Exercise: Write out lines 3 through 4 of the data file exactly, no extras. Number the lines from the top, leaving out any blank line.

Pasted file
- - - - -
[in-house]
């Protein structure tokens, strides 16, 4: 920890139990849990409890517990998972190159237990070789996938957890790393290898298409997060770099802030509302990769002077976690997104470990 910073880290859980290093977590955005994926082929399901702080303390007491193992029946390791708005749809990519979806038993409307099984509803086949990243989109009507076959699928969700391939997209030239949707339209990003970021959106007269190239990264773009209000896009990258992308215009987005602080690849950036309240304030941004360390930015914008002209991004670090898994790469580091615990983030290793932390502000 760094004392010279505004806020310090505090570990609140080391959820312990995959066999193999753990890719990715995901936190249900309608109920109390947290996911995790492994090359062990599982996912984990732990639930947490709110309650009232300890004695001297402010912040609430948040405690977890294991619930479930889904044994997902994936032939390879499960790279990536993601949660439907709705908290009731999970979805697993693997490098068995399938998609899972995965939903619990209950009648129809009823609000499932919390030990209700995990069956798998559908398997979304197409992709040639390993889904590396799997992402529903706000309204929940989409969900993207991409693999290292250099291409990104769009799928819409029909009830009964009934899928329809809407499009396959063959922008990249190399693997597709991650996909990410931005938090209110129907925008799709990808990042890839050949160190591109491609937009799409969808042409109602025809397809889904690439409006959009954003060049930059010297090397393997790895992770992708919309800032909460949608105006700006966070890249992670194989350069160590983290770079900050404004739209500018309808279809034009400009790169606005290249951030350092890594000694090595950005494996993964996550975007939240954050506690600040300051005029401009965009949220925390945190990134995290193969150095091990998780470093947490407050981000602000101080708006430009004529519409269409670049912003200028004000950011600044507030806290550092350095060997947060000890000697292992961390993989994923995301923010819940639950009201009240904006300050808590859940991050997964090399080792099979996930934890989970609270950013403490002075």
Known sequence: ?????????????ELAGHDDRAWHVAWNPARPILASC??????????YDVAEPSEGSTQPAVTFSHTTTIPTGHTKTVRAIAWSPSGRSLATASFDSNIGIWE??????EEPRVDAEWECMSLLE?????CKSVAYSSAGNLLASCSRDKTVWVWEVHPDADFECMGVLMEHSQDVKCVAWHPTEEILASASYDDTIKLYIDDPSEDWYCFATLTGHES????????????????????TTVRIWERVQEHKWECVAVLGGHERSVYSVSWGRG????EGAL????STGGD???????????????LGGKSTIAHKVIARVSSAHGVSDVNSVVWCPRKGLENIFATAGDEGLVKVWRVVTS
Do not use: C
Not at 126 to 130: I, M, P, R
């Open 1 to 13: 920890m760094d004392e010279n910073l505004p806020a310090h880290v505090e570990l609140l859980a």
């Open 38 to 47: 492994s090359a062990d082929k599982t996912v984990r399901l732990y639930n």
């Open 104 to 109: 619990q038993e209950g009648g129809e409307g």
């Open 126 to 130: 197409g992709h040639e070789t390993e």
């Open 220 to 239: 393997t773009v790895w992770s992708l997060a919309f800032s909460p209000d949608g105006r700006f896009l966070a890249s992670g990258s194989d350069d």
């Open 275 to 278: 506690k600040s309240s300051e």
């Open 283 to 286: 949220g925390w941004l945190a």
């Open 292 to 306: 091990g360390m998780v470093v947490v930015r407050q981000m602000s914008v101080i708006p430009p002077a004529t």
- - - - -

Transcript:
Known sequence: ?????????????ELAGHDDRAWHVAWNPARPILASC??????????YDVAEPSEGSTQPAVTFSHTTTIPTGHTKTVRAIAWSPSGRSLATASFDSNIGIWE??????EEPRVDAEWECMSLLE?????CKSVAYSSAGNLLASCSRDKTVWVWEVHPDADFECMGVLMEHSQDVKCVAWHPTEEILASASYDDTIKLYIDDPSEDWYCFATLTGHES????????????????????TTVRIWERVQEHKWECVAVLGGHERSVYSVSWGRG????EGAL????STGGD???????????????LGGKSTIAHKVIARVSSAHGVSDVNSVVWCPRKGLENIFATAGDEGLVKVWRVVTS
Do not use: C